The amount of time we spend on the job—the getting ready for, the getting-to, the getting-from, the long hours doing it and the longer hours worrying about it—make JIllian Medoff’s smart, funny novel, THIS COULD HURT, especially pertinent.
The author has penned a comedic love letter to the workplace at a time when morbid satires, spoofs, and putdowns have become the fashion. Her proposition is salutary—work can be the place where we grow into our better selves … if we let it.
The workplace in this case is Ellery Consumer Research, a mid-level marketing firm in New York. We follow five Human Resources managers, four of whom jockey for position in the orbit surrounding the fifth—their boss, Rosalita Guerrero.
Rosa is chief of HR and executive vice president. At 64 she is smart, visionary, thorough, and intimately attuned to the moods, talents, and shortcomings of the four who report to her. She protects them as best she can—sometimes from themselves and, more recently, from the firm’s downsizing on the heels of the 2008 crash. They, in turn, admire and love her.
Lately, though, each of the four has been slipping. Rob, a husband and father at home, is a man-child at work; he plays games on his Blackberry. Lucy, Rob’s “office wife,” has lost her edge and, at 39, worries about having forgone love and children for a career. Ken, a brilliant MBA, harbors resentments—always with his eye on the next chance. And Leo is lovelorn, lonely, and overly dependent on Rosa.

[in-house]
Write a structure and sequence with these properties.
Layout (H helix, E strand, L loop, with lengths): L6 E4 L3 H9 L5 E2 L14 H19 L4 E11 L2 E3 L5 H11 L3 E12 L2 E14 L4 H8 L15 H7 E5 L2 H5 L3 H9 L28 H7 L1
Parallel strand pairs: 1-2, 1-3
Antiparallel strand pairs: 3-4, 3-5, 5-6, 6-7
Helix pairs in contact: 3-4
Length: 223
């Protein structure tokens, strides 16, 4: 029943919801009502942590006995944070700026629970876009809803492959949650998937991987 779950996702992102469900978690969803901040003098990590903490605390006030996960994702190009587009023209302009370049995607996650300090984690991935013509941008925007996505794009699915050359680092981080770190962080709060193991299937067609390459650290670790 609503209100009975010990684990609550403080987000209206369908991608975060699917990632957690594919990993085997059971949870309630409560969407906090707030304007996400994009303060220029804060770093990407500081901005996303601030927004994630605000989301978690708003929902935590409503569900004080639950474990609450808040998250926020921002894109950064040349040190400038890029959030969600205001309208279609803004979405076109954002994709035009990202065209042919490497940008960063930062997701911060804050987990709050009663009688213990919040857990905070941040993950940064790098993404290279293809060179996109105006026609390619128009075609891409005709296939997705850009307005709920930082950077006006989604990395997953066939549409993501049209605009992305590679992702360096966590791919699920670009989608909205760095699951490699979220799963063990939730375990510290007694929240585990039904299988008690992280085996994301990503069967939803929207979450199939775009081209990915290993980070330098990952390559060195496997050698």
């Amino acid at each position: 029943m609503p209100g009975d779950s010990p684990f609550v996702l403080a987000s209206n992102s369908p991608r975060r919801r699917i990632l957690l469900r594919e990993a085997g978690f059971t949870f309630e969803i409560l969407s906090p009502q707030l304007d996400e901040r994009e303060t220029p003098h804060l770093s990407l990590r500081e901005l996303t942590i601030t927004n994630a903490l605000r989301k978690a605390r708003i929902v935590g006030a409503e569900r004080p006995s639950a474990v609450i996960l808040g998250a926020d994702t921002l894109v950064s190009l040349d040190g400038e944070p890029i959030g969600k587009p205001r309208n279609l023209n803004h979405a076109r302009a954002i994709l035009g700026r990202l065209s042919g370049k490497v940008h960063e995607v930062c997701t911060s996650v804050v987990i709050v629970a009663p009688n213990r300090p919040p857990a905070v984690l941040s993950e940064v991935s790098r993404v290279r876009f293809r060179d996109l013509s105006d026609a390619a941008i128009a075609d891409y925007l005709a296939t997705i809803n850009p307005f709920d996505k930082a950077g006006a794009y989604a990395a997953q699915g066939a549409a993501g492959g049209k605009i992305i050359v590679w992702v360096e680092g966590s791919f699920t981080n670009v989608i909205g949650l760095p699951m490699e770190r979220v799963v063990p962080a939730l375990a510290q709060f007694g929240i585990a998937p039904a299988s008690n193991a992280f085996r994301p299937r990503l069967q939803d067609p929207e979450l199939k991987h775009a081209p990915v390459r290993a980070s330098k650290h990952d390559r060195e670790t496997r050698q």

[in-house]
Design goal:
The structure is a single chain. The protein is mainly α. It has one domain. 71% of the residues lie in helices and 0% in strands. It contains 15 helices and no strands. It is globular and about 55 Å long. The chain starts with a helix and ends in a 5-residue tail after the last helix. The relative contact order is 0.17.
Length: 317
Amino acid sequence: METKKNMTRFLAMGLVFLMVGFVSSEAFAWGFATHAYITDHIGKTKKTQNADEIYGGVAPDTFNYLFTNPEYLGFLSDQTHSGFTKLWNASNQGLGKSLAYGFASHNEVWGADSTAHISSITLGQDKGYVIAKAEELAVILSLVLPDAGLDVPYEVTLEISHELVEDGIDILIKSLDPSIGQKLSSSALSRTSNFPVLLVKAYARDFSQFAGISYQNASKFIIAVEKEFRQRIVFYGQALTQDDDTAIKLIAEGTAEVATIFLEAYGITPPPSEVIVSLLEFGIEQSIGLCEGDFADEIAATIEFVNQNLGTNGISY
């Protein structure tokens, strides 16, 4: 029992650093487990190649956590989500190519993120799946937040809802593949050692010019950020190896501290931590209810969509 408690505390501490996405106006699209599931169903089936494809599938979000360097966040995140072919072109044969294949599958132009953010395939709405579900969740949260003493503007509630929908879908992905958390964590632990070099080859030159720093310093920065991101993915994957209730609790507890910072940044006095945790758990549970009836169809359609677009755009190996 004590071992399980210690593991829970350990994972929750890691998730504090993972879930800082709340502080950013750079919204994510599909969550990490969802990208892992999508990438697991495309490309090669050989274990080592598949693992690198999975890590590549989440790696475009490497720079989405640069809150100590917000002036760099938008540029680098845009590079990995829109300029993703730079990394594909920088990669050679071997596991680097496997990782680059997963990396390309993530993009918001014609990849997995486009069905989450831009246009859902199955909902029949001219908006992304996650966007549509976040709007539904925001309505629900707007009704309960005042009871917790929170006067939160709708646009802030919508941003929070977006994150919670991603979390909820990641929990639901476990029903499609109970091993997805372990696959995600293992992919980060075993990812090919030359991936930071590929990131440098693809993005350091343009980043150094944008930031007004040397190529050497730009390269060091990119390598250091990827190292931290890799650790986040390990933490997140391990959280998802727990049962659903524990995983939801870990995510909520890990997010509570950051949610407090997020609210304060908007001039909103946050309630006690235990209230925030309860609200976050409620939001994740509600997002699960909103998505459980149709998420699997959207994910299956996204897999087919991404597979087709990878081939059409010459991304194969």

The story moves seamlessly back and forth among all five, each endearing, frustrating and, at times, hilarious. Then, unexpectedly, the department receives a blow, jeopardizing its smoothly run operation. How each character responds to the crisis revs up plot. Will they put the team first, pulling together and supporting each other? Or will they undercut one another, placing themselves first? What is primarily a character-oriented novel turns into a page-turner.
I know I’m lucky, but I’ve always loved my work environment, not necessarily the places I worked at but always the people I worked with—which, perhaps, is why Medoff’s novel speaks so powerfully to me. Rosa tells her staff: “we’re not family, but we need to act like one.” I get that on a gut level.
If we’re lucky, if our managers know how to manage—granted, a big if—then loyalty, trust, honesty, and commitment will follow. And all those hours consumed by our work lives end up meaning something, shaping who we are in the best way possible. This Could Hurt is an insightful, often funny, uplifting novel, and one I highly recommend.
A former college English instructor, Molly developed LitLovers after teaching an online literature course several years ago. It was so much fun—even the students loved it—that she decided to take it public. If Molly’s not working on LitLovers, she’s sleeping.